The New Zealand border has been closed since March, and with it, international tourism has all but vanished. International arrivals in July were 98% lower than a year ago, with only 3,521 arrivals. But even though there aren’t many new visitors arriving, there are quite a few still in New Zealand. Data published by StatsNZ estimates there to be somewhere between 90,000 and 140,000 international tourists currently residing across the country, which has implications for employment and support needs.
Estimates from Stats NZ point towards travellers who are still in New Zealand tending to be sticking around in Auckland, with roughly half of all foreign travellers staying in the Super City. Other popular destinations for visitors are Canterbury (9.8%), Waikato (9.2%), and Wellington (7.9%) regions.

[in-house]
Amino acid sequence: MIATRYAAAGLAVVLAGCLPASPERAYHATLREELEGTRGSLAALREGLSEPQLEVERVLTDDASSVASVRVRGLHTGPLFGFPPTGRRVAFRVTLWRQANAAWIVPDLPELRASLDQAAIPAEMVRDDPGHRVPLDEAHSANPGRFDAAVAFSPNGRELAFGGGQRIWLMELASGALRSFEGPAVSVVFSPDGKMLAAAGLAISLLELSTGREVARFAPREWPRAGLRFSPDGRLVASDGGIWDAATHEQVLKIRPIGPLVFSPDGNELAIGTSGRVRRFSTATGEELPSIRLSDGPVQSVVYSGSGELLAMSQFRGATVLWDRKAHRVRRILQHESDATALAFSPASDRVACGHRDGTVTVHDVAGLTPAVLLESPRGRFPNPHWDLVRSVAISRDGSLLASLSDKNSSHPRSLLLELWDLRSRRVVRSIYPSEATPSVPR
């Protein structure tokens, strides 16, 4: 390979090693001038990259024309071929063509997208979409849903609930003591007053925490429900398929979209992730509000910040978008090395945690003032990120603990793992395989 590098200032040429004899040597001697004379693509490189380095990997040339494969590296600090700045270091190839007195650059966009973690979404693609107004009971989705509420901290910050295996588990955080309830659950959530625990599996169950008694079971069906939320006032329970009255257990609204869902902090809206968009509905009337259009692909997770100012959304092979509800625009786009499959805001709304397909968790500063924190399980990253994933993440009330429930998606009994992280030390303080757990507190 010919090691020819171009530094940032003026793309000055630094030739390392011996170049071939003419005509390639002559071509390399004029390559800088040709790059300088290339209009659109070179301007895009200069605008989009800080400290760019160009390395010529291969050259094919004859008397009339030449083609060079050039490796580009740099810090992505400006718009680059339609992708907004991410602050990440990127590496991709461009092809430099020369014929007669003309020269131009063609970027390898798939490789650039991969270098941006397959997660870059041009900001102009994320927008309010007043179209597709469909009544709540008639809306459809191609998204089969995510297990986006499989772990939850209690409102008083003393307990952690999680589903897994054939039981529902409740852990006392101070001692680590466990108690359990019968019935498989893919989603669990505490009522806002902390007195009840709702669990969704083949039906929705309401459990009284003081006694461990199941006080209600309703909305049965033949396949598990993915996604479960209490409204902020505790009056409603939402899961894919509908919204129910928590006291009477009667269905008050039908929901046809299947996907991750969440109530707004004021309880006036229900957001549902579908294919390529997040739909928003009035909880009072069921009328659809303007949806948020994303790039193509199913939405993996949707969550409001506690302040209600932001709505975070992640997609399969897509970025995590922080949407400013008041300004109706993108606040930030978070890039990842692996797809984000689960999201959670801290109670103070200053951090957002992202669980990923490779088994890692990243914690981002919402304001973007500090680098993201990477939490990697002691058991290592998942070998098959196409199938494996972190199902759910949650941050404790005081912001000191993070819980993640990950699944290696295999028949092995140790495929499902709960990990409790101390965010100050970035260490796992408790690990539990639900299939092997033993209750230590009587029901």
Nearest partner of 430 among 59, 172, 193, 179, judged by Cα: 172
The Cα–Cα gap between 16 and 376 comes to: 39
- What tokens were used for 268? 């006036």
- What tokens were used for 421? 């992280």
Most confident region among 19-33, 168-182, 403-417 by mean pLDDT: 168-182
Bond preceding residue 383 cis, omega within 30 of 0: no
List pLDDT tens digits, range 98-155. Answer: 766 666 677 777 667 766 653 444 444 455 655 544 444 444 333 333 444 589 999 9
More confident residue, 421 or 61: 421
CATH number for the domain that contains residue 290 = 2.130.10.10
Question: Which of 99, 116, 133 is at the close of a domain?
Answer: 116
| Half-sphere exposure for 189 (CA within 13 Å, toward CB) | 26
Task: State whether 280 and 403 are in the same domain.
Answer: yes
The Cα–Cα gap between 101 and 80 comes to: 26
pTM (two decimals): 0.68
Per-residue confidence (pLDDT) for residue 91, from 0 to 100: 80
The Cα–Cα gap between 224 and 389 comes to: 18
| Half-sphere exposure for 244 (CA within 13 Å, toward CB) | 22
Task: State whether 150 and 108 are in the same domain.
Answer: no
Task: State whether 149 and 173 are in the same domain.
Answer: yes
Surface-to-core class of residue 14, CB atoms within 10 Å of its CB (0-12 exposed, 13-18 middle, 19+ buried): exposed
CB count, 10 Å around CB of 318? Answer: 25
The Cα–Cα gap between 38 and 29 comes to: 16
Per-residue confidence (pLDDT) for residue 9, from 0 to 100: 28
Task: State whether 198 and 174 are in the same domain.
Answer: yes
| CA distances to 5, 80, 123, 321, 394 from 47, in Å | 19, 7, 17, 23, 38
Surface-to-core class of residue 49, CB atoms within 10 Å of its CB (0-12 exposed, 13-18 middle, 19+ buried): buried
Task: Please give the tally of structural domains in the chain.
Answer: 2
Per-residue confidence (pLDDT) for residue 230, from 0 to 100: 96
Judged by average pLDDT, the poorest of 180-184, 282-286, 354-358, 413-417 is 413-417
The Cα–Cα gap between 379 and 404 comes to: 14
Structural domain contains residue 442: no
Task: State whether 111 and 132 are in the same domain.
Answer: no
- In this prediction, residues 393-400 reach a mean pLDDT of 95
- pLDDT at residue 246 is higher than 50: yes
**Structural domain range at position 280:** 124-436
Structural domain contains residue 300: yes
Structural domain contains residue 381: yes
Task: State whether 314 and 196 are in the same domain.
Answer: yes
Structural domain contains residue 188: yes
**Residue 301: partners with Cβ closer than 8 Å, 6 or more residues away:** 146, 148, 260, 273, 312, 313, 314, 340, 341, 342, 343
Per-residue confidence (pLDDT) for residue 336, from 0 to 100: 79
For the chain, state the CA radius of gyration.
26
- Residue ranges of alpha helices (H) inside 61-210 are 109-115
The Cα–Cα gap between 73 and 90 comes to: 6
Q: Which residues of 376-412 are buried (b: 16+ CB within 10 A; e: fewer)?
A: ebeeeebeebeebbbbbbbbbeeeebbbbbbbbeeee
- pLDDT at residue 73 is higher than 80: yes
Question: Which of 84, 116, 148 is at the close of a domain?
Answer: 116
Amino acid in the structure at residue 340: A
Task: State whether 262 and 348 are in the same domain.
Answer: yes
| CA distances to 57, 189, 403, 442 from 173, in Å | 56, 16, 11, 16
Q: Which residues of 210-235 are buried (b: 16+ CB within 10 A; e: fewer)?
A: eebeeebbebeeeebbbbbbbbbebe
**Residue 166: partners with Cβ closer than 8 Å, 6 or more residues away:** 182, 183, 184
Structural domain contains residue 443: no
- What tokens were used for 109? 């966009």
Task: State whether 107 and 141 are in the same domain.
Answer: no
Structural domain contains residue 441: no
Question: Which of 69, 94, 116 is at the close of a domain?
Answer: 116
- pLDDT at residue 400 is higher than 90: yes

Relative to population, three areas stand out, with Auckland, Bay of Plenty, and Marlborough having a higher concentration of travellers in their area. These concentrations make broad sense, with travellers remaining in areas with recently completed seasonal work (Bay of Plenty with fruit and Marlborough with wine), as well as New Zealand’s international gateway (Auckland).
These figures will be of little comfort for tourism tourist hotspots, such as Queenstown, Dunedin, and Rotorua, who are currently suffering from a lack of international tourists. Data from MBIE shows tourism spending in the year to June 2020 was 14%pa lower than a year prior. Travellers remaining in New Zealand are a wider group than just continuing tourists, and it’s unlikely that this group is still spending on tourism activities like normal. But understanding where those who are still in New Zealand are located, gives us some clues as to how different regions utilise the people and skills they have, and will help inform planning as New Zealand moves ahead.
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